The following day, the analogy rang true. With the pinpoint precision of the most gifted of marksmen, Schilling added another chapter to the riveting read that is his October resume.
"You hate to expect something like this out of anyone," said Red Sox catcher Jason Varitek. "But with Schill, you kind of do."
In front of a crowd of 45,262 at Angel Stadium on Sunday, Schilling again demonstrated why he is considered one of the best postseason pitchers in Major League history. In holding the Angels to six hits and a walk over seven shutout innings, he starred in a 9-1 victory that closed out a three-game sweep and ran his postseason record to 9-2 with a 1.93 ERA.
"The guy's amazing," offered Beckett. "Just amazing."
Of the first 25 pitches Schilling threw, 20 went for strikes. Of the first 40 he threw, 30 were strikes. And from his 100 total pitches, 76 were strikes -- the last being the one that got him out of one of two trouble spots that he encountered during his latest day of dominance.
With the bases loaded and two outs in the second inning, Schilling retired Reggie Willits on a foul popup to Varitek to keep the game scoreless.
"Schilling executed a great pitch to get out of that jam," marveled Red Sox skipper Terry Francona.
"That was huge," Varitek added.
Bigger still were the pitches Schilling made in the seventh. With a runner on third and one out and the score at 2-0, the righty got Juan Rivera on a popup to first baseman Kevin Youkilis before getting Mike Napoli to weakly wave at a slider for strike three. Schilling bounced off the mound with a series of emphatic fist pumps.
"I think if you saw the way I reacted to it, you know how important I thought it was," Schilling said. "There was a couple of points in this game where I felt like the game was on the line, and that was absolutely one of them."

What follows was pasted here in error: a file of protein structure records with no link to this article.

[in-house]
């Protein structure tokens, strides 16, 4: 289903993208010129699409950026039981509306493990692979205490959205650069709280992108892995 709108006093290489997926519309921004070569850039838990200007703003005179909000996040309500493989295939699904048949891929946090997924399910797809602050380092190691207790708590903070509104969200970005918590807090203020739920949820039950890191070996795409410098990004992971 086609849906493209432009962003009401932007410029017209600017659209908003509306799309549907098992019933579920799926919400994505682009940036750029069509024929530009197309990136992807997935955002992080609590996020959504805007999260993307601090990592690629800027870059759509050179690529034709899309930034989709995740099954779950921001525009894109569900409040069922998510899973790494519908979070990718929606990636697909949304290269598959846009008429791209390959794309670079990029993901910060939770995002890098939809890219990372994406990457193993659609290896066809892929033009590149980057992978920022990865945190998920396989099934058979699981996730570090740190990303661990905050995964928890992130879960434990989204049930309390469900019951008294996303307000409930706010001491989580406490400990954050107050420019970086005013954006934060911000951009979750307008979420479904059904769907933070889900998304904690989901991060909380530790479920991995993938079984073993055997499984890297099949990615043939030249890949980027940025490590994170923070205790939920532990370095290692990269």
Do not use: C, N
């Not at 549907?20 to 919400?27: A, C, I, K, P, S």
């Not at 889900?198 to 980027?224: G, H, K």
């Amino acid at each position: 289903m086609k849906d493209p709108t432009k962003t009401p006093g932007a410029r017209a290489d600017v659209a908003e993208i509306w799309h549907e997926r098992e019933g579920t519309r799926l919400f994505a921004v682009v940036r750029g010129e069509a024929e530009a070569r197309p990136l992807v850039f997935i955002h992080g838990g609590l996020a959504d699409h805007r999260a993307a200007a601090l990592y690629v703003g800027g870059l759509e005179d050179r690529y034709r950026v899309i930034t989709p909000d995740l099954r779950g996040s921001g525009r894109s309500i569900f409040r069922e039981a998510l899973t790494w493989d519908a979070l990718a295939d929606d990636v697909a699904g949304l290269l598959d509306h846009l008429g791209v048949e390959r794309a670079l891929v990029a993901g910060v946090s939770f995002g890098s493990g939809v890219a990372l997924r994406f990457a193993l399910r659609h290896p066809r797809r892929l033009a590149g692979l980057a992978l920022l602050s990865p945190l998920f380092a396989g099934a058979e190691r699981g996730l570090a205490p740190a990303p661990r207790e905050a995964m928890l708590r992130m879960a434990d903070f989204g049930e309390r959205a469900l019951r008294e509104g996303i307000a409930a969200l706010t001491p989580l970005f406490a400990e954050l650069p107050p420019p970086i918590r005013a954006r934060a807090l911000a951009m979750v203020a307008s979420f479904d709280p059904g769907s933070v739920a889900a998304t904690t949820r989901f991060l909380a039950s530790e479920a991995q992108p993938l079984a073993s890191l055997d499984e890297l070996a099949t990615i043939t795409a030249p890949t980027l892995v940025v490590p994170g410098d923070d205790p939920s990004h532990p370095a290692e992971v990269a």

"When he got himself backed into a corner," Francona said, "he executed his pitches."
While others were singing his praises, Schilling played the role of humble contributor, particularly when asked if such an outing is more satisfying when put together without the benefit of a Beckett-like bazooka.
"I don't know; in some ways, maybe," Schilling said. "We're trying to win the games. Whatever I can do in the mix, it makes you feel good to contribute. How you do it is not really relevant anymore for me."
Schilling, who battled shoulder tendinitis during the regular season, also went out of his way to credit Varitek and Boston pitching coach John Farrell.
"That performance today was as much about John Farrell and Jason Varitek as it was about anything, as far as I'm concerned," Schilling insisted. "It's been an incredibly arduous and long road, and a process that's had its peaks and valleys. But John has stuck with me and worked as hard as I've ever had a pitching coach work to get me to where I need to be.
"And Jason was flawless today. That was as well of a game called as I've ever had. ... Early in the game, I made a lot of mistakes command-wise, and fortunately, they took [those pitches] or they fouled [them] off, and then I thought we really got sharper as the game went on. [Varitek] didn't miss a beat. He just called a tremendous game."
Calling a great game is one thing, but pitching a great game is quite another, and doing it under postseason pressure is even tougher. But Schilling keeps doing it, over and over again.
"He's like a machine sometimes," Beckett said.
Just not a machine gun.
"As a younger pitcher, I had seven or eight more miles an hour, so stuff-wise, it was a very different thought process today," Schilling said. "But part of doing what I'm doing now is recognition of what I have, the situation and what we've done prior to that.
"And what we want to do later."
Mychael Urban is a reporter for MLB.com. This story was not subject to the approval of Major League Baseball or its clubs.